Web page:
Barbera, Messegua, and Jabardo v Spain: ECHR 6 Dec 1988

ECHR The presumption of innocence would be violated if, without the accused having previously been proved guilty according to law, a judicial decision concerning him reflected an opinion that he was guilty. The burden of proof is on the prosecution and any doubt should benefit the accused.


10590/83, (1988) 11 EHRR 360, [1988] ECHR 25


Worldlii, Bailii


European Convention on Human Rights


Human Rights

Cited by:

CitedSheldrake v Director of Public Prosecutions; Attorney General’s Reference No 4 of 2002 HL 14-Oct-2004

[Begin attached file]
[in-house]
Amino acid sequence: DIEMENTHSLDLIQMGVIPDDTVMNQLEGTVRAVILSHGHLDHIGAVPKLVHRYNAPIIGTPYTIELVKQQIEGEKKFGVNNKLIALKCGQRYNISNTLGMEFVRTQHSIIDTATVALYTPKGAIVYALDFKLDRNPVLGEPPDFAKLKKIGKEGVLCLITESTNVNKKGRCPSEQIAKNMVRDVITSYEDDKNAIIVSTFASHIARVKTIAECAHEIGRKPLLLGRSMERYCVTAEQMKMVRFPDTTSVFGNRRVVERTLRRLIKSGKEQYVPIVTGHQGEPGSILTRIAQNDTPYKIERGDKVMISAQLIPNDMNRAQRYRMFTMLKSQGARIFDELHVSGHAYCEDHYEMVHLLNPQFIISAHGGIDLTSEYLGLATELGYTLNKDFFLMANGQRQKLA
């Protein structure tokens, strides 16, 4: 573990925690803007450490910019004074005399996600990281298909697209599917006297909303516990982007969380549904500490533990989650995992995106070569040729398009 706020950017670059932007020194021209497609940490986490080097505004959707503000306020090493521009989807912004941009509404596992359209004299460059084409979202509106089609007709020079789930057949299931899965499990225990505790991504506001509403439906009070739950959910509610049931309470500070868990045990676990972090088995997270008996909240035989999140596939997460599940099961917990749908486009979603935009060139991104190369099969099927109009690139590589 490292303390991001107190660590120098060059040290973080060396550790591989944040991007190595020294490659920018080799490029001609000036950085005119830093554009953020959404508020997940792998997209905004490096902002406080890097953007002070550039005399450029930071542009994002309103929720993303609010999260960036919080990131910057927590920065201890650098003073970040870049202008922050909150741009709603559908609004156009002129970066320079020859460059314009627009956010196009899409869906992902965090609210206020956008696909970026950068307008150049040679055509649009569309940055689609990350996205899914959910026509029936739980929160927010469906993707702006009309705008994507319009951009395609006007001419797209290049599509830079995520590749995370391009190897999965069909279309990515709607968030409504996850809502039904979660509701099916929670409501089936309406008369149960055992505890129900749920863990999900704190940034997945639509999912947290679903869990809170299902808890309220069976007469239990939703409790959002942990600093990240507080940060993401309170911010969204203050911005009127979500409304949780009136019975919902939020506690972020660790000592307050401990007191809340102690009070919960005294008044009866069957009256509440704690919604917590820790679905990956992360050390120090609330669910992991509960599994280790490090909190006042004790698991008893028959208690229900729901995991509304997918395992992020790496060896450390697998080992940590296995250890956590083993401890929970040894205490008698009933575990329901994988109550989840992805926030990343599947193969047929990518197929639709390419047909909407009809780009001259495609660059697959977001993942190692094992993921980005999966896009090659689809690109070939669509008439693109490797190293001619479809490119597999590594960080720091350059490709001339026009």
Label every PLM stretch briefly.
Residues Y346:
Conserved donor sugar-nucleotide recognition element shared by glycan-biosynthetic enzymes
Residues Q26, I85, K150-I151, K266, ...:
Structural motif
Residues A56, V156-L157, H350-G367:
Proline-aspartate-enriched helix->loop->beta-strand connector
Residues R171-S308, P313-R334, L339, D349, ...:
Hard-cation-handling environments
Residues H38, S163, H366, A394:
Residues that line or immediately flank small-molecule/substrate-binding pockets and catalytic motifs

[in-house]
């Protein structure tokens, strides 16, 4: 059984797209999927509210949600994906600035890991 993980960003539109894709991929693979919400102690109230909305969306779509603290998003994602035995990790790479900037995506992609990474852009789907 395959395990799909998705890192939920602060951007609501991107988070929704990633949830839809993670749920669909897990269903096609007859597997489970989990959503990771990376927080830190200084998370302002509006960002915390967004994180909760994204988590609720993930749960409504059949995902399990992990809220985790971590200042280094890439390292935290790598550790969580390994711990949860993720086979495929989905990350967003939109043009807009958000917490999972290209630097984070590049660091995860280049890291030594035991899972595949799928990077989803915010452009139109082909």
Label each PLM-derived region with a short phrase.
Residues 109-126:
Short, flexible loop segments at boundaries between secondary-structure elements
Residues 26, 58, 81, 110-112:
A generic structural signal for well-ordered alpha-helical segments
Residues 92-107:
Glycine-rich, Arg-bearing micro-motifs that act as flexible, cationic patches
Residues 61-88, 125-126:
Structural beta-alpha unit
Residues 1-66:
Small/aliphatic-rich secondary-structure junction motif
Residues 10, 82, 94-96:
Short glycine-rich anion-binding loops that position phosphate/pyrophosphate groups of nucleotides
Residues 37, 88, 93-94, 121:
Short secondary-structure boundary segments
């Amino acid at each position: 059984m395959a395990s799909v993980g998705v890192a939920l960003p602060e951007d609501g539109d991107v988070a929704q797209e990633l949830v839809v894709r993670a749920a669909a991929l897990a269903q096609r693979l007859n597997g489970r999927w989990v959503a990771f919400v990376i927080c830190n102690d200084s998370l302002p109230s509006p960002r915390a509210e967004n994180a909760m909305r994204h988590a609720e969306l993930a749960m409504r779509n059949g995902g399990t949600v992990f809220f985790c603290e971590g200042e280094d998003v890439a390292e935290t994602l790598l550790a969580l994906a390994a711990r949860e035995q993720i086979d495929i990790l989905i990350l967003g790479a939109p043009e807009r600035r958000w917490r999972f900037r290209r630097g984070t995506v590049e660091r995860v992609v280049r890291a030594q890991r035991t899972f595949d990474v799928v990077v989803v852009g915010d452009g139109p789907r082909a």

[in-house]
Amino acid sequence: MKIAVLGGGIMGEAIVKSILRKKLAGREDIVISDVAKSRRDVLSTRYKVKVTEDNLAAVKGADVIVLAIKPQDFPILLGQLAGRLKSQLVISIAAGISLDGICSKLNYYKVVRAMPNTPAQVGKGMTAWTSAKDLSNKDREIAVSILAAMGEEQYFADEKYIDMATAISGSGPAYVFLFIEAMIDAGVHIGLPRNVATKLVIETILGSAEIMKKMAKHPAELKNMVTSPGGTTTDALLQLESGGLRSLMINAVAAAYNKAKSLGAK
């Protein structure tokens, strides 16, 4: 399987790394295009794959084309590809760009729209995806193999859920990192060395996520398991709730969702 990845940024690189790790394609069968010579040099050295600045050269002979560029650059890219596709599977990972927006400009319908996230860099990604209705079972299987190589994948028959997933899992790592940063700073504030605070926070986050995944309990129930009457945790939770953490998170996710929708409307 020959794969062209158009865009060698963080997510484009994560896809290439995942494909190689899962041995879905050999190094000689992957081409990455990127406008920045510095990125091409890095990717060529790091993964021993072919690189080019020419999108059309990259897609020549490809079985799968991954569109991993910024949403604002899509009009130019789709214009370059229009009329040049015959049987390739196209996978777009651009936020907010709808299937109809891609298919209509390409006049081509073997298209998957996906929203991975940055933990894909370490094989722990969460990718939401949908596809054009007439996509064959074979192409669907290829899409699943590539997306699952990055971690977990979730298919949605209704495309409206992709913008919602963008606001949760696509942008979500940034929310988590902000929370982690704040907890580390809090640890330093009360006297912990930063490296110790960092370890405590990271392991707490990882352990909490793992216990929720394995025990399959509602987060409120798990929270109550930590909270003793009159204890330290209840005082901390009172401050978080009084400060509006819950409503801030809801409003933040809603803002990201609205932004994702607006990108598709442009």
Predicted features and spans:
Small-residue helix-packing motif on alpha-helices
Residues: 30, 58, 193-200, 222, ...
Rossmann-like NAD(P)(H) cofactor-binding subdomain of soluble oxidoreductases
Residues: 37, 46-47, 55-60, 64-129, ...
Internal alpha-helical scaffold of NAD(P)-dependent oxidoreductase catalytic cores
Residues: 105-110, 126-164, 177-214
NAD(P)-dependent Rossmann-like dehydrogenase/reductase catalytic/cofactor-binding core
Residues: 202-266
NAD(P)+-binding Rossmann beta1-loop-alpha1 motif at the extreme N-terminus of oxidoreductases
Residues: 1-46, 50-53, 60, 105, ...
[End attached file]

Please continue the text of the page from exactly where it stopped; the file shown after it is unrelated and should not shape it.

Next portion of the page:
Appeals were brought complaining as to the apparent reversal of the burden of proof in road traffic cases and in cases under the Terrorism Acts. Was a legal or an evidential burden placed on a defendant?
Held: Lord Bingham of Cornhill said: . .
CitedAl-Khawaja v The United Kingdom; Tahery v The United Kingdom ECHR 20-Jan-2009
Each complainant said that in allowing hearsay evidence to be used against them at their trials, their article 6 human rights had been infringed. In the first case the complainant had died before trial but her statement was admitted.
Held: In . .
Lists of cited by and citing cases may be incomplete.

Human Rights, Criminal Practice

Updated: 04 June 2022; Ref: scu.165022